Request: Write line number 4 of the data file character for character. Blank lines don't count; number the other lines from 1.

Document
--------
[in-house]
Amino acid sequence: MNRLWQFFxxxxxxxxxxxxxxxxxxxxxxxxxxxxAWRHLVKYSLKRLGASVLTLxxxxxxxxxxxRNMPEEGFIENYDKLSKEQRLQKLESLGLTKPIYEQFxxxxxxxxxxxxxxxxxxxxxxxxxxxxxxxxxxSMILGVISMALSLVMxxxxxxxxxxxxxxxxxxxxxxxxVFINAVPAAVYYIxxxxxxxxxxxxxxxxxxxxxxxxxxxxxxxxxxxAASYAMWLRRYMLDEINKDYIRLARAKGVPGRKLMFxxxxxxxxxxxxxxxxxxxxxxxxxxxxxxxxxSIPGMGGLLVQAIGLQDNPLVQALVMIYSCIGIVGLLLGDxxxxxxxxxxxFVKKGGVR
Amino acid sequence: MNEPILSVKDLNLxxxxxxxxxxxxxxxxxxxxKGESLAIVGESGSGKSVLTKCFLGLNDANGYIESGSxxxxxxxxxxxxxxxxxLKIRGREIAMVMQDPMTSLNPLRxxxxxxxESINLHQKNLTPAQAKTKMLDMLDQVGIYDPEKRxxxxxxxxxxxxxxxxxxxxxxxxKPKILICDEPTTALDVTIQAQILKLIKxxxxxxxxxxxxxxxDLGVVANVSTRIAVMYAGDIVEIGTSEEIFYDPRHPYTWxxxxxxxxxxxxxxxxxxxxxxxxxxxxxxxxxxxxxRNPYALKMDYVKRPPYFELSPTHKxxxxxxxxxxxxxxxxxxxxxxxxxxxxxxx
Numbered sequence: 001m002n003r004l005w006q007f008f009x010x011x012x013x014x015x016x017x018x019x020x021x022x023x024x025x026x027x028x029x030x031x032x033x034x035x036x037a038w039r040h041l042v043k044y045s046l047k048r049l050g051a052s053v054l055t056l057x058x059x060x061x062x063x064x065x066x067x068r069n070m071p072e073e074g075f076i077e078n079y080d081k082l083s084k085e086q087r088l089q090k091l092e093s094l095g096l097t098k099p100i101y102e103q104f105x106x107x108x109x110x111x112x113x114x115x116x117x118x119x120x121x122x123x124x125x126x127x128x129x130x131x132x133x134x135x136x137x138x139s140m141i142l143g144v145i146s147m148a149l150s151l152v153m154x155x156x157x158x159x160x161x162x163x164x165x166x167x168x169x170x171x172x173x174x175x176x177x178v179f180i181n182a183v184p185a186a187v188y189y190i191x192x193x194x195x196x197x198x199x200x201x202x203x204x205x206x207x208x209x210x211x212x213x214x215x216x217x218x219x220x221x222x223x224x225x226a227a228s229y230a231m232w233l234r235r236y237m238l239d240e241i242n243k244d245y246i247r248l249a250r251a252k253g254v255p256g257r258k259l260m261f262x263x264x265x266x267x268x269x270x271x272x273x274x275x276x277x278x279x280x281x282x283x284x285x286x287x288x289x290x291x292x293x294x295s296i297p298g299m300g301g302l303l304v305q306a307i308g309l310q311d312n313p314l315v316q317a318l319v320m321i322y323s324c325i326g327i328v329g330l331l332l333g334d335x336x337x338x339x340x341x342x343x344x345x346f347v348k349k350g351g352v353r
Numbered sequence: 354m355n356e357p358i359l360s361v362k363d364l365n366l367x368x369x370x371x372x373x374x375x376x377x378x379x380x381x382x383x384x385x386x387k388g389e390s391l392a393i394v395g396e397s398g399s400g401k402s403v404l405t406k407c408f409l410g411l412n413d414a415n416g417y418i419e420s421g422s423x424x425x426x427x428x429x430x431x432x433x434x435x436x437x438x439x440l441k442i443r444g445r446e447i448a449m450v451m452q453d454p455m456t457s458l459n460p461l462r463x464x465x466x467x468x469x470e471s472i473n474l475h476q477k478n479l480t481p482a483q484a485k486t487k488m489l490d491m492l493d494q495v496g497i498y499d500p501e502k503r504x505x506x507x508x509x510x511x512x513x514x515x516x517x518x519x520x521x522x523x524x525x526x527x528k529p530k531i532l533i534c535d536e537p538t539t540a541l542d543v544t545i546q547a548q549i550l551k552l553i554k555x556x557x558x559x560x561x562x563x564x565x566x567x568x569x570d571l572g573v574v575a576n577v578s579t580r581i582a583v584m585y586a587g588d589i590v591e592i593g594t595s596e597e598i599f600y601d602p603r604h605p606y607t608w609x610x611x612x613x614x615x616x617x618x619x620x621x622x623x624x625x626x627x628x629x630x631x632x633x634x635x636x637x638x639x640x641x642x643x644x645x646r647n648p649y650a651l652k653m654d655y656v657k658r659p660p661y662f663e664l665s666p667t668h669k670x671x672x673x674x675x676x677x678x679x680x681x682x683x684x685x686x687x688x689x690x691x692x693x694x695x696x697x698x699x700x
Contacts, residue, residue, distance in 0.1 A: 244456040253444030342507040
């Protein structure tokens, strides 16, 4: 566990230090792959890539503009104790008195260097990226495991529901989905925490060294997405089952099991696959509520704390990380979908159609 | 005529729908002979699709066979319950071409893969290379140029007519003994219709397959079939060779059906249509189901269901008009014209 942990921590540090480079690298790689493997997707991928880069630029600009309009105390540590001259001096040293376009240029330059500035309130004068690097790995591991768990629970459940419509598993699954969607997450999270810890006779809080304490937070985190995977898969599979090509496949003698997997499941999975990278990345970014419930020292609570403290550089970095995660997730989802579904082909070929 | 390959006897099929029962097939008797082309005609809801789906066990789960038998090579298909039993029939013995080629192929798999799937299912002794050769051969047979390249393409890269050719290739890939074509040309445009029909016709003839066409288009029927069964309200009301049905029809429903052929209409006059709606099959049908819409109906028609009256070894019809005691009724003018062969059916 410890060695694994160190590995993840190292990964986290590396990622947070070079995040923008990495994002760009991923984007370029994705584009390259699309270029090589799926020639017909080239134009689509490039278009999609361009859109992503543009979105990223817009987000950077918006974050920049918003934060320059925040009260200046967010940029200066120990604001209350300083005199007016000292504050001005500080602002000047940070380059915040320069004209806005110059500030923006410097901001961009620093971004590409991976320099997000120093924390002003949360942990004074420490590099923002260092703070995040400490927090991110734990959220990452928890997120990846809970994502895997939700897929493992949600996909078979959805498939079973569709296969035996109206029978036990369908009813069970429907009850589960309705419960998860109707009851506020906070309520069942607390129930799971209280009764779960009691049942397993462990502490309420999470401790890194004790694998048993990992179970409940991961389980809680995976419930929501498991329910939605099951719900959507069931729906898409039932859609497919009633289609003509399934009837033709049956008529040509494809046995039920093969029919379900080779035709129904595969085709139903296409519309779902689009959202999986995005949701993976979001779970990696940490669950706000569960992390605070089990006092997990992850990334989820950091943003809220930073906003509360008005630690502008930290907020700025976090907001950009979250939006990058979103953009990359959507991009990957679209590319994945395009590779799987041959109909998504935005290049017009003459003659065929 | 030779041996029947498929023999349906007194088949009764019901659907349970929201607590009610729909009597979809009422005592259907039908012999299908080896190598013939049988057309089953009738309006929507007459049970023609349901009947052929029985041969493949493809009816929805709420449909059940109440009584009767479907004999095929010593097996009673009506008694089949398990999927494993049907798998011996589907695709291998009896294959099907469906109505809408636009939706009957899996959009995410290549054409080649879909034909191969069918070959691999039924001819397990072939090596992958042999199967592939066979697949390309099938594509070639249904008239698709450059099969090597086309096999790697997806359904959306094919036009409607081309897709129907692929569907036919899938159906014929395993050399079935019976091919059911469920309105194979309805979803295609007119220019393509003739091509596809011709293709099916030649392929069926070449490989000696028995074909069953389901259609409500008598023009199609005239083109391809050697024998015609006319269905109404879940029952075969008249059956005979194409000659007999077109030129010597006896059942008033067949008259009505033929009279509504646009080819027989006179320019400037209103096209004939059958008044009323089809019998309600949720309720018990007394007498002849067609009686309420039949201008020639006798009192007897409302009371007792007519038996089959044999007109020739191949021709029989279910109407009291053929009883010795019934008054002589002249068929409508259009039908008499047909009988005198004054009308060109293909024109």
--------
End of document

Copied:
Numbered sequence: 001m002n003r004l005w006q007f008f009x010x011x012x013x014x015x016x017x018x019x020x021x022x023x024x025x026x027x028x029x030x031x032x033x034x035x036x037a038w039r040h041l042v043k044y045s046l047k048r049l050g051a052s053v054l055t056l057x058x059x060x061x062x063x064x065x066x067x068r069n070m071p072e073e074g075f076i077e078n079y080d081k082l083s084k085e086q087r088l089q090k091l092e093s094l095g096l097t098k099p100i101y102e103q104f105x106x107x108x109x110x111x112x113x114x115x116x117x118x119x120x121x122x123x124x125x126x127x128x129x130x131x132x133x134x135x136x137x138x139s140m141i142l143g144v145i146s147m148a149l150s151l152v153m154x155x156x157x158x159x160x161x162x163x164x165x166x167x168x169x170x171x172x173x174x175x176x177x178v179f180i181n182a183v184p185a186a187v188y189y190i191x192x193x194x195x196x197x198x199x200x201x202x203x204x205x206x207x208x209x210x211x212x213x214x215x216x217x218x219x220x221x222x223x224x225x226a227a228s229y230a231m232w233l234r235r236y237m238l239d240e241i242n243k244d245y246i247r248l249a250r251a252k253g254v255p256g257r258k259l260m261f262x263x264x265x266x267x268x269x270x271x272x273x274x275x276x277x278x279x280x281x282x283x284x285x286x287x288x289x290x291x292x293x294x295s296i297p298g299m300g301g302l303l304v305q306a307i308g309l310q311d312n313p314l315v316q317a318l319v320m321i322y323s324c325i326g327i328v329g330l331l332l333g334d335x336x337x338x339x340x341x342x343x344x345x346f347v348k349k350g351g352v353r